This seasonal guide to dahlias will ensure a gorgeous repeat performance year after year.
Easy to grow, providing a show that is unrivalled in the world of annual flowering plants, you can plant dahlias in the garden now and enjoy their blooms until the first hard frost of fall. Dahlia tubers are not hardy to freezing winter temperatures, so overwinter the tubers in your basement and start them indoors next year.
This native of Mexico, Central America and Columbia was first exported to Europe in the 1500s. Since that time it has experienced extensive hybridization and improvement. For daisy-shaped dahlias, look for singleflowered varieties, and for masses of round clusters of dahlias, look for pompom dahlias. Whatever you choose, you will be hooked on them after your first successful season. In fact, you will be giving them away to friends and family come fall and taking pictures of them. Go ahead, give it a try and prove me wrong.
GROWING DAHLIAS FROM TUBERS
If you’re a seasoned dahlia gardener, you know the tubers are the dahlia roots that you dig up each fall and place in an insulated craft bag to winter in the basement. In mid-March, remove them from their hiding place [or purchase new from a garden retailer] and pot them up into onegallon sized containers using quality potting or container mix.
Place your dahlia pots in a bright sunny window. The floor in front of a sliding door out to the deck works too, since you’re not likely to use it much until the heat of mid-spring hits home. The sun will intensify through the glass door or window, warming the pots of dormant tubers, encouraging them to put down roots before they push new green growth through the surface of the soil.
Before planting your dahlia tubers divide the hefty ones that you stored. Look for finger-like tubers about five to eight centimetres long, with an eye at the stem end. Cut each tuber using a clean, sharp knife. Pass the blade over an open flame before using it just to be sure that it is sterile.
Plant the tuber with the stem end up and the tapered end down. If you get them sideways or upside down, it is not the end of the world as they are smart enough to find their own way, generally speaking. They have been programmed genetically to push roots down and green growth up without any help from us.
Once the green growth has pushed through the soil a couple of centimetres, it is time to fertilize them with half strength 20-20-20 every two weeks. Give the pot a half-turn every few days to encourage even growth for the side that does not favour the direction of the sun.
Come mid-May your dahlias will be large and strong enough to be placed outdoors in the garden. Choose a sunny, sheltered place where they will not blow over in the wind as they mature. Dahlias started indoors in this way will bloom four to six weeks earlier than those planted directly into the soil in the garden.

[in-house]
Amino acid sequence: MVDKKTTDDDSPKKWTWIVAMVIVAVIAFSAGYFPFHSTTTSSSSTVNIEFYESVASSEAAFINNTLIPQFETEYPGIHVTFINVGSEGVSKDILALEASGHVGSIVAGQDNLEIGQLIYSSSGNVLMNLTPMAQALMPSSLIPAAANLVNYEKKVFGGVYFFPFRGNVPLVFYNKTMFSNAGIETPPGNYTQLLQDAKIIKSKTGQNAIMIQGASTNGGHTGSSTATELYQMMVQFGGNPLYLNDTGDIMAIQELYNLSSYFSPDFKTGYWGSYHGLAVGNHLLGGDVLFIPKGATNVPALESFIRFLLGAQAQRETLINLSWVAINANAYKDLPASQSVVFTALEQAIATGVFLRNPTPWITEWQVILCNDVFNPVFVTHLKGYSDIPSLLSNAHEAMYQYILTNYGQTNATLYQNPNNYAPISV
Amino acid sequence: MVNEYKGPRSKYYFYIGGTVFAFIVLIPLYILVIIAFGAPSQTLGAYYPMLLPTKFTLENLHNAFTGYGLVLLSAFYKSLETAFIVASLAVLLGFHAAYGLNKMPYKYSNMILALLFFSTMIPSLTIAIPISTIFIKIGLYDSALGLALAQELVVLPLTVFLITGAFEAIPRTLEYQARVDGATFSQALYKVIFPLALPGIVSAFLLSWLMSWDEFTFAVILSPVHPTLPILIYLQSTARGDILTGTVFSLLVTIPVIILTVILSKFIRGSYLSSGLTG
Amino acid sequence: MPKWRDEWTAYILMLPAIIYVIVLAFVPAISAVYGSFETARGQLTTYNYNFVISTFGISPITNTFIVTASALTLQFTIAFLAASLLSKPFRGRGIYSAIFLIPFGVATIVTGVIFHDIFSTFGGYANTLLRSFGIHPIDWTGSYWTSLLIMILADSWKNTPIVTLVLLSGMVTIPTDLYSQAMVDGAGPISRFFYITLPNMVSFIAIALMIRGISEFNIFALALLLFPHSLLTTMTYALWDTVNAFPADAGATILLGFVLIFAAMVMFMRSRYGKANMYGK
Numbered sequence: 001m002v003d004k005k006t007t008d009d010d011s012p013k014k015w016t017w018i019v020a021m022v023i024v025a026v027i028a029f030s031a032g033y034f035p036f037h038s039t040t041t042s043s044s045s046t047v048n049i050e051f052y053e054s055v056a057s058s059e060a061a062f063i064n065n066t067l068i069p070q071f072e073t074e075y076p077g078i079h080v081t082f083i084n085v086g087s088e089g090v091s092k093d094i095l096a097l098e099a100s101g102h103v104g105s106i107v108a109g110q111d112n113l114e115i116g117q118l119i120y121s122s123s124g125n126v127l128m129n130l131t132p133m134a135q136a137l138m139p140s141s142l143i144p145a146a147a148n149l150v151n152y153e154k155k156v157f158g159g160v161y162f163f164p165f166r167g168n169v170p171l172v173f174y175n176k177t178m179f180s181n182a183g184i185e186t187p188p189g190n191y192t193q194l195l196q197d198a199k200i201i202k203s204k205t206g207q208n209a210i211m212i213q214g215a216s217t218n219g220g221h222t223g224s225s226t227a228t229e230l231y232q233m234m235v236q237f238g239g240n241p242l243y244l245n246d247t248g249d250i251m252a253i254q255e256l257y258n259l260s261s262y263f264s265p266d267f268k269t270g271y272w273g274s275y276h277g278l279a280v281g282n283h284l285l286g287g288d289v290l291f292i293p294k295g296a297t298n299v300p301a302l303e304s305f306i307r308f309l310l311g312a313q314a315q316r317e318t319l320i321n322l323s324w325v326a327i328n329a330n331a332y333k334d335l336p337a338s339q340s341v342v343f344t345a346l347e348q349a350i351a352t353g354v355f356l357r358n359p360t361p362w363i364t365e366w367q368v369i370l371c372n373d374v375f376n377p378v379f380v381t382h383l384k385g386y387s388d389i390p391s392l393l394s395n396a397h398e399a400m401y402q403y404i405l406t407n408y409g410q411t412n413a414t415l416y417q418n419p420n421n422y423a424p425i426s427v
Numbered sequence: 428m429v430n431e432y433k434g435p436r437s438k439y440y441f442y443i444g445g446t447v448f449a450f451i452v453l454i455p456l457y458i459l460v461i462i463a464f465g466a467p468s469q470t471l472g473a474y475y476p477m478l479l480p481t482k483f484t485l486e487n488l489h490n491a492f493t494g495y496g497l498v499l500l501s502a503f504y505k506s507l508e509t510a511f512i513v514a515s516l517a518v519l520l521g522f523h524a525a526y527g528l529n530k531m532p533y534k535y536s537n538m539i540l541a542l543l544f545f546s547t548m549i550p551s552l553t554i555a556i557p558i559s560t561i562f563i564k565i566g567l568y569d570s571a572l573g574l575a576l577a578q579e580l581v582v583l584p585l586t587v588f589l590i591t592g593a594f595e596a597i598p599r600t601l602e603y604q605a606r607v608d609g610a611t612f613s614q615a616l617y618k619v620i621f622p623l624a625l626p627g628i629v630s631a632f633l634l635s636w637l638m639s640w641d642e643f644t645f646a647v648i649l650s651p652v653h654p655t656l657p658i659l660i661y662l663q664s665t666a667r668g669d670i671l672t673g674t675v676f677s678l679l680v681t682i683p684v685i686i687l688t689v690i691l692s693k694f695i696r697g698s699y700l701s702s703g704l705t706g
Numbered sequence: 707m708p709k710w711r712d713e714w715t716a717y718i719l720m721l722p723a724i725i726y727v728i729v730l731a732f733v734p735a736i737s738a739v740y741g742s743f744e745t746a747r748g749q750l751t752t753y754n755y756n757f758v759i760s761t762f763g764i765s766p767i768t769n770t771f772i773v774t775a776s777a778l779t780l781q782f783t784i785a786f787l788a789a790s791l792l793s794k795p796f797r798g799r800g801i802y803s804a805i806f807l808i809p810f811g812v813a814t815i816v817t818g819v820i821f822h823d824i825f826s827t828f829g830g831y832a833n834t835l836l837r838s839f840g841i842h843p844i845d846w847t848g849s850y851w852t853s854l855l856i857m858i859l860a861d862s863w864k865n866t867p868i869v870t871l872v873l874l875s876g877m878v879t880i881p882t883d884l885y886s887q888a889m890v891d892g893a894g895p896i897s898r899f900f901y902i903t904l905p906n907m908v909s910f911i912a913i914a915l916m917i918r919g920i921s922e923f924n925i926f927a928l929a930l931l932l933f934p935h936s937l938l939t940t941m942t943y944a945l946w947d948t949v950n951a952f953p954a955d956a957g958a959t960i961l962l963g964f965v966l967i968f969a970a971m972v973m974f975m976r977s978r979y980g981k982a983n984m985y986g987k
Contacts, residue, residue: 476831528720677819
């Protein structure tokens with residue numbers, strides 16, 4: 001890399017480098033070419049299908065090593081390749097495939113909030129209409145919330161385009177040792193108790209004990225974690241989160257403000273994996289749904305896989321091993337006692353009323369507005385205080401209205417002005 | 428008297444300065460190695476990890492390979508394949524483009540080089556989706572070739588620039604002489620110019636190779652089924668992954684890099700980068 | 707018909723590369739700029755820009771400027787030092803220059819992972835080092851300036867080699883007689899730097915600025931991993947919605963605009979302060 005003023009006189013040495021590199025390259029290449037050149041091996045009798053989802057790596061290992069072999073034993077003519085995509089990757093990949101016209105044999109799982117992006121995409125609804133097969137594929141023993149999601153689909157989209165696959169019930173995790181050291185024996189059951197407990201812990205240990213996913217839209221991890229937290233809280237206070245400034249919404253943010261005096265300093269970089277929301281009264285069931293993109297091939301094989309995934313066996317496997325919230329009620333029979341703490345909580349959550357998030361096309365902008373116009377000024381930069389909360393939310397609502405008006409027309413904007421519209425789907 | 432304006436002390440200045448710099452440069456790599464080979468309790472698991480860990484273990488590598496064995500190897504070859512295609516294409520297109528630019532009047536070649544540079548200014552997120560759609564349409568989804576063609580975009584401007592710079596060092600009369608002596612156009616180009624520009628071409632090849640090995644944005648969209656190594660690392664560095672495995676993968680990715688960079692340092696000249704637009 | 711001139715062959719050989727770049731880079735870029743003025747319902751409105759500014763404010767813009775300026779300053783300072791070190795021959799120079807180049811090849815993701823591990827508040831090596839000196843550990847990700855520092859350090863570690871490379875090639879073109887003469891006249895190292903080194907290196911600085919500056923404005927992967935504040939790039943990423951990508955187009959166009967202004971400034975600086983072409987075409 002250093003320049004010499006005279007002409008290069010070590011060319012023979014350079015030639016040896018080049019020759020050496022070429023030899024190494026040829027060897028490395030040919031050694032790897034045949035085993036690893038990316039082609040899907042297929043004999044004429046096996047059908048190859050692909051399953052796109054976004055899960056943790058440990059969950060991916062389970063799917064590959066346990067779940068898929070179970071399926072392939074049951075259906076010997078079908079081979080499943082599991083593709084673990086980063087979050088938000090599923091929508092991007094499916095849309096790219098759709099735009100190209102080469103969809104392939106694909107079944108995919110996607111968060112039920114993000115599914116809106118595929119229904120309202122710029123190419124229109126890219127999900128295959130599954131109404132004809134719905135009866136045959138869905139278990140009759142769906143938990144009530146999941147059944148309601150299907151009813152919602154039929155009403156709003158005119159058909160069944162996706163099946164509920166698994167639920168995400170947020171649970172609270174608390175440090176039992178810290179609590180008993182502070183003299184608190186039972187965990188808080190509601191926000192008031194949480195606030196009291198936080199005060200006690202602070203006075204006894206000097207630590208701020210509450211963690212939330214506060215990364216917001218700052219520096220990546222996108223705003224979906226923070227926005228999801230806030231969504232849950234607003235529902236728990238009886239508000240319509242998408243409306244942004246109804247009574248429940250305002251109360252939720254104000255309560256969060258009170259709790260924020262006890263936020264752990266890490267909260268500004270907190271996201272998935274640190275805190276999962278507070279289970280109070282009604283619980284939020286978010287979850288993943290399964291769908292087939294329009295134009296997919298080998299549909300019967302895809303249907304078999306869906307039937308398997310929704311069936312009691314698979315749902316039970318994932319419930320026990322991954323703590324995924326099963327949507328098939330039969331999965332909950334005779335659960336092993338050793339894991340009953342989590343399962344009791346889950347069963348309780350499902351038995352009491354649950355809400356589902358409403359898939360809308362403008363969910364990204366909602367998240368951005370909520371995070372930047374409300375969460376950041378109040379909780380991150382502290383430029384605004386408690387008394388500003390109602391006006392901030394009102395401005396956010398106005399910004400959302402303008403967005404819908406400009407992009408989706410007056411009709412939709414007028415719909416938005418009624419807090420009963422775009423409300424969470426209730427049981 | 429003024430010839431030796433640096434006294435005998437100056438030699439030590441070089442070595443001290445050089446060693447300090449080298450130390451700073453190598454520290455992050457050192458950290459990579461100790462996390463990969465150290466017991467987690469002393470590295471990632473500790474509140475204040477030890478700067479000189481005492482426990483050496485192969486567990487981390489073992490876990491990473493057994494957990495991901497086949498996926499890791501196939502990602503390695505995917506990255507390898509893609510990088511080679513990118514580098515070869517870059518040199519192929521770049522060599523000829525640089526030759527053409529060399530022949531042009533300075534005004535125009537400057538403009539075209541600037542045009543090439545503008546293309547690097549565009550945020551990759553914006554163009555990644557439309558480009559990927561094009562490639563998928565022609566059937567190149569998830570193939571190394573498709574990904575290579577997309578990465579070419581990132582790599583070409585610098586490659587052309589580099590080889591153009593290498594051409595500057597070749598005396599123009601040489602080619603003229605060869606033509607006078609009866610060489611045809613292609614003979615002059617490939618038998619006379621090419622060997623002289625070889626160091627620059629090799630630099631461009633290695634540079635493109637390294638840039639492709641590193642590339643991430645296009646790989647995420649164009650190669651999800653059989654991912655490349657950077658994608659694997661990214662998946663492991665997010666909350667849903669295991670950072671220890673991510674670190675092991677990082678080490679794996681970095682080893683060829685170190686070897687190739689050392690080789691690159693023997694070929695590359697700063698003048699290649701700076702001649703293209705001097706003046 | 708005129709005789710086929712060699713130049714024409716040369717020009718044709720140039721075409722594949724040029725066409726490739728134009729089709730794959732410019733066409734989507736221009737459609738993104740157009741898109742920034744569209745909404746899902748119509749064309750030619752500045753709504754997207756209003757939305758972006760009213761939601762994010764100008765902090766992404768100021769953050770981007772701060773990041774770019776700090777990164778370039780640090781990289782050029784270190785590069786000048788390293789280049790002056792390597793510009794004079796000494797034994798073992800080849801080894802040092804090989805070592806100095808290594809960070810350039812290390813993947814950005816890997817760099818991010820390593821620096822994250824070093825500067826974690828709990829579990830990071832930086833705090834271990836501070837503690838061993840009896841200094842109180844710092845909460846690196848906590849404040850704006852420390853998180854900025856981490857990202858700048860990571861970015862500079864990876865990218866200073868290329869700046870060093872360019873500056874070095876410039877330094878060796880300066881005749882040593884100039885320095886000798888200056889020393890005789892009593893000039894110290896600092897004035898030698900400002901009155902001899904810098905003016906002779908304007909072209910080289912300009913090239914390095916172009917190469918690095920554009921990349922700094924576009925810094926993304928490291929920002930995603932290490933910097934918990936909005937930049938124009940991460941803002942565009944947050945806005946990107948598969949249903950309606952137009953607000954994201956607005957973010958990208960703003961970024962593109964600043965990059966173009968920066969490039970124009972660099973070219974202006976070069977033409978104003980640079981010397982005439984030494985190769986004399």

By mid-summer you will likely have to stake your dahlias with a sturdy 2 x 2-inch wooden stake or using one of the new Mark’s Choice link stakes that are much easier to work with and to look at (as you do not see them).
Harvest dahlia tubers in the fall, before or after the first hard frost. If you dig the tubers early, you need to cut the stalks down to 8-10 inches above the ground. This prompts the formation of nodes on the tubers. If you allow the dahlias to experience a hard frost the stalks will dieback naturally.
After several hard frosts, use a garden fork to loosen the soil around the tuber. Carefully lift the tuber out of the soil and wash gently to remove remaining dirt. Allow the tuber to dry for 24 hours in a cool, dry location. This is a good time to divide large dahlia tubers into smaller sections. Each new division must have an eye (bud) to produce a new plant.
Place tubers in a cardboard box with sawdust, dry peat moss or vermiculite. Label the container to help you identify the tubers next year. Be sure to dust the tubers with Green Earth garden sulphur powder to prevent rot and disease while in storage.
Choose a storage location in a dry area where the temperature will remain near 10C (48F). Check on the tubers periodically during the winter. Look for signs of shriveling. If the tubers are beginning to shrivel, I recommend that you moisten the storage medium to beef them up again. But be sure to check weekly for mildew or rot.
Mark Cullen appears on Canada AM every Wednesday morning at 8:40. He is spokesperson for Home Hardware Lawn and Garden. Sign up for his free monthly newsletter at markcullen.com